THEY came in cloaks, crowns and crucifixes to salute Winchester’s most famous son.

A crowd of around 250 last Saturday recreated the arrival of the remains of King Alfred the Great and his wife and their son at Hyde Abbey.

Many wore historical dress for the 900th anniversary of the abbey’s foundation and reburial of Alfred.

The procession formed outside Winchester Cathedral to retrace the path from the Saxon king’s initial resting place. They followed three coffins draped in red that signified the royal reburial party.

Leaving the cathedral they headed up the High Street into Parchment Street, where the crowd faced a new obstacle that was not present in the 12th century — crossing Winchester’s one-way system!

They regrouped in St Peter’s car park before winding through Hyde to the remains of the abbey, which was demolished after the dissolution of the monasteries in the 1530s.

Under bright sunshine, all three coffins were laid on the spot beneath where the altar once stood.

The arrival was greeted with horns, beating drums and shouts of “Heads up — Alfred!”, led by Edward Fennell, one of the Hyde900 organisers, who was dressed as a friar for the day.

Also in historic dress was local businessman Jonathan Greatrix as the Bishop of Winchester, and Prof Christopher Mulvey, from Winchester University, as the Abbot of Hyde. The mayor, Cllr Dominic Hiscock, himself a resident of Hyde, took the starring role as King Henry I.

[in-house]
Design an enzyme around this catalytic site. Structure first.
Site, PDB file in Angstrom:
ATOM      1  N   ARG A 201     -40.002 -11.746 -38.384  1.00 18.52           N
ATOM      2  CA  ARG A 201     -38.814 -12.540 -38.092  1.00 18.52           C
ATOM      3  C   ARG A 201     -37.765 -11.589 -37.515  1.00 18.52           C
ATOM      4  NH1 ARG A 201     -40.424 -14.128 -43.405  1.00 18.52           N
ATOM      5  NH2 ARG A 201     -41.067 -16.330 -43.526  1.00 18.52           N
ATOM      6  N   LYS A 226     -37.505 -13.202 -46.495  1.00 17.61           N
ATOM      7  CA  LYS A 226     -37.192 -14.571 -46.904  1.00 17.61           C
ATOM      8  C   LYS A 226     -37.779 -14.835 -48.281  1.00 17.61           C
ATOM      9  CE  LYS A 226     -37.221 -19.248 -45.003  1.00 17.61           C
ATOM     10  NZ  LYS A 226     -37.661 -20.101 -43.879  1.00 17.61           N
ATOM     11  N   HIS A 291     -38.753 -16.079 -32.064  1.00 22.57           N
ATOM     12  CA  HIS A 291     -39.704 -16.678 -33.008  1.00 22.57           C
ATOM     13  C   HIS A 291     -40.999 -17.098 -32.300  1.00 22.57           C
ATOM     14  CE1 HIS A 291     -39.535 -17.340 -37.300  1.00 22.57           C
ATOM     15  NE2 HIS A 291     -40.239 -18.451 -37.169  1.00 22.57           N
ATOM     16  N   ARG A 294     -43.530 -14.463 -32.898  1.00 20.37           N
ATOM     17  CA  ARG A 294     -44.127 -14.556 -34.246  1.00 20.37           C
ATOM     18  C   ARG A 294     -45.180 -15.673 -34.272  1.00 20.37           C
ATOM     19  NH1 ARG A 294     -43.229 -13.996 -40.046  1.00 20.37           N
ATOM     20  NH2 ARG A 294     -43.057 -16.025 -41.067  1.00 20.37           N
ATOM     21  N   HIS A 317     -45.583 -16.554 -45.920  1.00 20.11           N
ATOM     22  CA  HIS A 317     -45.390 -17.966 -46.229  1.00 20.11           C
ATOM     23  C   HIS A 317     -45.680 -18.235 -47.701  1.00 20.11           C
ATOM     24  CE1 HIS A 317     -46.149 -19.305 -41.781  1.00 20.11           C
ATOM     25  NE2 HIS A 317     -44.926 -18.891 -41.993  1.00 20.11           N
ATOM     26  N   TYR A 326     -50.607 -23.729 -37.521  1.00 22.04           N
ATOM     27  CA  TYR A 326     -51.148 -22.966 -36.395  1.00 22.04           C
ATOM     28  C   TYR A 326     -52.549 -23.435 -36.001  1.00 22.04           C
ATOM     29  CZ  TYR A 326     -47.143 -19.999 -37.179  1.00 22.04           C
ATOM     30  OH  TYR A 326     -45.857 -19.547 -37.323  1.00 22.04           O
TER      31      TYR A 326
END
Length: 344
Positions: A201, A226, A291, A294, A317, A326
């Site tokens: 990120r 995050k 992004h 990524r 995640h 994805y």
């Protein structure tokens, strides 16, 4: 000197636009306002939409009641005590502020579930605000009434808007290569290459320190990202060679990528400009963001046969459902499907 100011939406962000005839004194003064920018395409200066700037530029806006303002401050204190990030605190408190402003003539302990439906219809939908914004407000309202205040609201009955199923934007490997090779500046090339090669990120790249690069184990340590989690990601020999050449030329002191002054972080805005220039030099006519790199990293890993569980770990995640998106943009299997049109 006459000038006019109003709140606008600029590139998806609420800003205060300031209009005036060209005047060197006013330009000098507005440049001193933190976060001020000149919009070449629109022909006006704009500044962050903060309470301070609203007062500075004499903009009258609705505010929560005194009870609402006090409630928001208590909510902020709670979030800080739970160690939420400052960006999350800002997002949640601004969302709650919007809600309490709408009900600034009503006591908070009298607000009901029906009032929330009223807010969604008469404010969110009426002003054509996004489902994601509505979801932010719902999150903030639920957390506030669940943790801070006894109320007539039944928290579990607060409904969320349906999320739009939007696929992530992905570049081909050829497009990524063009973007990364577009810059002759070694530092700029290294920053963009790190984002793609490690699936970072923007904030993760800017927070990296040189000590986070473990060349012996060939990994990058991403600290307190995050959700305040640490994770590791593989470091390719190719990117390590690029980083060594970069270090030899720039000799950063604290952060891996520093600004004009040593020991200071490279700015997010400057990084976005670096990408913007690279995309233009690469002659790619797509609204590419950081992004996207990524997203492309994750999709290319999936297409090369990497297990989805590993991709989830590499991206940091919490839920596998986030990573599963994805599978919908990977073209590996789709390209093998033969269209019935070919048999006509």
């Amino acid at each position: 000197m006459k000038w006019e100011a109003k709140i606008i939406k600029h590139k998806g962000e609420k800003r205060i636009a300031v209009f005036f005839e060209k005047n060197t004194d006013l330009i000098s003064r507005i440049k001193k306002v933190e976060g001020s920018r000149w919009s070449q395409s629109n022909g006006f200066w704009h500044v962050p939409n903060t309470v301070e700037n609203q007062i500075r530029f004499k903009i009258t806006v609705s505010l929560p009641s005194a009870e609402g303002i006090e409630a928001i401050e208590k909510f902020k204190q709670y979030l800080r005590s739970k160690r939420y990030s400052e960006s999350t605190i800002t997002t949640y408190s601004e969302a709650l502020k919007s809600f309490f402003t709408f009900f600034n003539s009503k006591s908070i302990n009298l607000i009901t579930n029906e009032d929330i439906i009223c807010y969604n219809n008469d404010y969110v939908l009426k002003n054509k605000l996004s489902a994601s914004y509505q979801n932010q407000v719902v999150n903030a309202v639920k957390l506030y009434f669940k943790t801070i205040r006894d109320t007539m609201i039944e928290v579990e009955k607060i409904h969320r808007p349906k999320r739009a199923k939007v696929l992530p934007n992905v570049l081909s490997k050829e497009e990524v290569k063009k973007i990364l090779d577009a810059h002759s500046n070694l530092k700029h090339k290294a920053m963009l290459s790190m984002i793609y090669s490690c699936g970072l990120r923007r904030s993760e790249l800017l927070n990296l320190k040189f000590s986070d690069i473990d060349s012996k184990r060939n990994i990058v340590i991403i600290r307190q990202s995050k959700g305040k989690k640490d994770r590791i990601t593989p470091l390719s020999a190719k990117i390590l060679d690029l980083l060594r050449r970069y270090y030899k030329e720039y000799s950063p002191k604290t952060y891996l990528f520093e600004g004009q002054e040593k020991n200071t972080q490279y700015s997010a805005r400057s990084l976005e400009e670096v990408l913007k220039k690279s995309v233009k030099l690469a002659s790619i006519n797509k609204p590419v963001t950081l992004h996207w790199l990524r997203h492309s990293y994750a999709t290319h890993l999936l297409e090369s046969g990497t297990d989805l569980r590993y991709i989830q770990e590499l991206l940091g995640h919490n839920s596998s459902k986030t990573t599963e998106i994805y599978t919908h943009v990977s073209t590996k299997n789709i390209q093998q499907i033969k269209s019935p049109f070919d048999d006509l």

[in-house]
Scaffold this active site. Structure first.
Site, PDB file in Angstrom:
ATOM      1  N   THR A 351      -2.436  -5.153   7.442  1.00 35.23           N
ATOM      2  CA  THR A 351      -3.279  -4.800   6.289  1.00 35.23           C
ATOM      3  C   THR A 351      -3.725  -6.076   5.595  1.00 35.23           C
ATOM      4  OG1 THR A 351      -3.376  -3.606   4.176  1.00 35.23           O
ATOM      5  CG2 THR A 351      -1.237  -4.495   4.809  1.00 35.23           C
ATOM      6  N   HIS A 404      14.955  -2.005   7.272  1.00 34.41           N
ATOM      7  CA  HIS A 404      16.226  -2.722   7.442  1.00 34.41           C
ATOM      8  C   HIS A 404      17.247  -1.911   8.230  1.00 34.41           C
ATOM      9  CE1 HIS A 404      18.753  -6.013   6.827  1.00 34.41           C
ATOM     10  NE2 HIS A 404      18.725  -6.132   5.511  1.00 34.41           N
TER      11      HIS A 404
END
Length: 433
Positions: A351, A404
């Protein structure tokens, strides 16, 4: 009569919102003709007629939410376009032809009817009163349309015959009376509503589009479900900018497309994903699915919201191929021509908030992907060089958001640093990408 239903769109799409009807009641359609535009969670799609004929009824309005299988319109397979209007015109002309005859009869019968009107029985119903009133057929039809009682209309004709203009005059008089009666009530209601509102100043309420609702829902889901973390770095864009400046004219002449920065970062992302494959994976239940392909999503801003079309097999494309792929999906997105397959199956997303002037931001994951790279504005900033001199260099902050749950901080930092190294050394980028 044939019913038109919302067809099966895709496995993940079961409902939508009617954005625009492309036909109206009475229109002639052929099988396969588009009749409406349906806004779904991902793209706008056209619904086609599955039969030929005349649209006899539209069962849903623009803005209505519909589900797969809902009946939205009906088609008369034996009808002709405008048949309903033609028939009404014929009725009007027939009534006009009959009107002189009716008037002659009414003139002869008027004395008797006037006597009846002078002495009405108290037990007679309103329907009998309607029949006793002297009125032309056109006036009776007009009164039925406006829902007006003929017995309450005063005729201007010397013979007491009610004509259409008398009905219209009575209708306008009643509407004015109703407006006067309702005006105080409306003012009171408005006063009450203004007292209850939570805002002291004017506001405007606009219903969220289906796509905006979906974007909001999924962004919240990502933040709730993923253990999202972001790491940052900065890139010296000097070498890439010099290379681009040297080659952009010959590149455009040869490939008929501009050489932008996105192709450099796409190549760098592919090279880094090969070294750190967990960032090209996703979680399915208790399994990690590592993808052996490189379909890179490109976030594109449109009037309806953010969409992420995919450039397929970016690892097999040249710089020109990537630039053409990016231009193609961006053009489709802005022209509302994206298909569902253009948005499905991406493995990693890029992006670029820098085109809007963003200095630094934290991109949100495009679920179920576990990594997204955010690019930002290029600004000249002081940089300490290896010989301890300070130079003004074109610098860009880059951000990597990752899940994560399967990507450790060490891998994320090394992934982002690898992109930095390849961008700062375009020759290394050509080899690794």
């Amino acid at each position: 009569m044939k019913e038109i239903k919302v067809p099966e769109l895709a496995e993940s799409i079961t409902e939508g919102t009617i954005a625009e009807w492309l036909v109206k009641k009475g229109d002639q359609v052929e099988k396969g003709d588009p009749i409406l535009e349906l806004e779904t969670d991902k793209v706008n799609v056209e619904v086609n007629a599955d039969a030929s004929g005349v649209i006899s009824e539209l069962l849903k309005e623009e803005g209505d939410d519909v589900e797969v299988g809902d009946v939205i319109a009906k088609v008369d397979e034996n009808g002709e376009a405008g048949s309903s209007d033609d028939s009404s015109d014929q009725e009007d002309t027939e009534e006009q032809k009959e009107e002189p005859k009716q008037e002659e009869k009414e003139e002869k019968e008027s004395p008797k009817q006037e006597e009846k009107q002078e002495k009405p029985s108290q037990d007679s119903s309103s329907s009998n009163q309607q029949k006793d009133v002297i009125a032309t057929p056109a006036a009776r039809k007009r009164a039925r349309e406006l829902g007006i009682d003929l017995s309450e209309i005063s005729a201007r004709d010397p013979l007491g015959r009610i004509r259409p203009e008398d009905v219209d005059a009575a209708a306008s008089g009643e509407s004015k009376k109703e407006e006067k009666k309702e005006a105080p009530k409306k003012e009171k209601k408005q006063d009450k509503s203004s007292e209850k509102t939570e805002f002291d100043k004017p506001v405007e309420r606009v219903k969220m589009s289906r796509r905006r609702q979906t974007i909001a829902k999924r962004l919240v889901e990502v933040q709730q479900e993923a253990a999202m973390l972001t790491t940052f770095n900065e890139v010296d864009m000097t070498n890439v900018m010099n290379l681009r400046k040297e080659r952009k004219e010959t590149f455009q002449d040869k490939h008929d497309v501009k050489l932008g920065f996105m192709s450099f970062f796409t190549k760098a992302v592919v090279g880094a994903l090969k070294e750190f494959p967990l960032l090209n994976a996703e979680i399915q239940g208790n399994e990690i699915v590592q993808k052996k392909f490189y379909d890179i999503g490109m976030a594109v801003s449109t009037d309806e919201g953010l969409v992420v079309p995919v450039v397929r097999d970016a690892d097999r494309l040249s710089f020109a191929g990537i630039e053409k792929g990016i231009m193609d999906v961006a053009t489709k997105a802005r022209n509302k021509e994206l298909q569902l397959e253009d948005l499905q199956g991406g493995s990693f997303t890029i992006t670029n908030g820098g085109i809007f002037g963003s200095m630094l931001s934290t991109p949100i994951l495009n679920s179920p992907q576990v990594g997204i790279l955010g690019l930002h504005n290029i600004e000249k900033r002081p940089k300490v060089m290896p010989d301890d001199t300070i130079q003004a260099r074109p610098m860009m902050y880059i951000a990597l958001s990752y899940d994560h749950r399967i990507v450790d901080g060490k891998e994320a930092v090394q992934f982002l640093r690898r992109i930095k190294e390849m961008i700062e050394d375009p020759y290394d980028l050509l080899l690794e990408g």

Martin Tod, the Lib Dem prospective parliamentary candidate for Winchester, who also lives in Hyde, played Robert de Beaumont, keeper of the castle.

Paul Williams, chief executive of Winchester Area Community Action, dressed as a monk to carry one of the coffins.

Many costumes were lent by Hampshire Wardrobe in Bar End, while other residents made their own outfits.

At the end of the procession, Canon Cliff Bannister of St Bartholomew’s Church, Hyde, led a short service.

Organiser, Professor Bill Lucas — Brother Bill for the day — then thanked everyone who worked to put on the event.

He gave special thanks to the pupils of St Bede Primary School and its head teacher, Louise Fitzpatrick. Along with hosting the procession after the event, the pupils also made nearly 50 models of Hyde Abbey.

Afterwards, Cllr Hiscock said: “It’s been an excellent community experience and so many people have come here to support it, which is wonderful.

“It’s been the most inspiring community event that I’ve done so far in my mayoral year.”

Ron Allison, who chairs Hyde900, was also “delighted” at how the event turned out.

He said: “I think what impressed me most of all was the very good feeling that there was right through Winchester.

“There was no problem with the cars letting us across North Walls, and I was very impressed by the community spirit and how many people turned up.”

For more details about Hyde900 and the other events that are planned visit